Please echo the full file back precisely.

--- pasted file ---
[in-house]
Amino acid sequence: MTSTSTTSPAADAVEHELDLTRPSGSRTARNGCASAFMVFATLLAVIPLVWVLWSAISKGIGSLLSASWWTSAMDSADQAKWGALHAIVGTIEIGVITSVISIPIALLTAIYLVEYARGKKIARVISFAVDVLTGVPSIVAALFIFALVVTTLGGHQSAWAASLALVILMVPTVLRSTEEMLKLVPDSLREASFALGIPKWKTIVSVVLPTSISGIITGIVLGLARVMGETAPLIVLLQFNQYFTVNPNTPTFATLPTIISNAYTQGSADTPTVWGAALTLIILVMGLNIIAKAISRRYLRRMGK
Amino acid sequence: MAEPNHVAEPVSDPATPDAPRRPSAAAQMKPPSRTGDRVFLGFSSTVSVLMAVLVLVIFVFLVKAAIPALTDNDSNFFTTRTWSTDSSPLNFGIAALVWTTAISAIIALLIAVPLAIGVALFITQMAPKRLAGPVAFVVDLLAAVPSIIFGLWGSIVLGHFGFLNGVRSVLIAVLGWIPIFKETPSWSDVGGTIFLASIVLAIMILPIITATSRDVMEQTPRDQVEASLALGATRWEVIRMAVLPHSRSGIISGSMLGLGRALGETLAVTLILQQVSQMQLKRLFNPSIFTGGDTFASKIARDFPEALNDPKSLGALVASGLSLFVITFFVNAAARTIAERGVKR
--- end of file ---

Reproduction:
[in-house]
Amino acid sequence: MTSTSTTSPAADAVEHELDLTRPSGSRTARNGCASAFMVFATLLAVIPLVWVLWSAISKGIGSLLSASWWTSAMDSADQAKWGALHAIVGTIEIGVITSVISIPIALLTAIYLVEYARGKKIARVISFAVDVLTGVPSIVAALFIFALVVTTLGGHQSAWAASLALVILMVPTVLRSTEEMLKLVPDSLREASFALGIPKWKTIVSVVLPTSISGIITGIVLGLARVMGETAPLIVLLQFNQYFTVNPNTPTFATLPTIISNAYTQGSADTPTVWGAALTLIILVMGLNIIAKAISRRYLRRMGK
Amino acid sequence: MAEPNHVAEPVSDPATPDAPRRPSAAAQMKPPSRTGDRVFLGFSSTVSVLMAVLVLVIFVFLVKAAIPALTDNDSNFFTTRTWSTDSSPLNFGIAALVWTTAISAIIALLIAVPLAIGVALFITQMAPKRLAGPVAFVVDLLAAVPSIIFGLWGSIVLGHFGFLNGVRSVLIAVLGWIPIFKETPSWSDVGGTIFLASIVLAIMILPIITATSRDVMEQTPRDQVEASLALGATRWEVIRMAVLPHSRSGIISGSMLGLGRALGETLAVTLILQQVSQMQLKRLFNPSIFTGGDTFASKIARDFPEALNDPKSLGALVASGLSLFVITFFVNAAARTIAERGVKR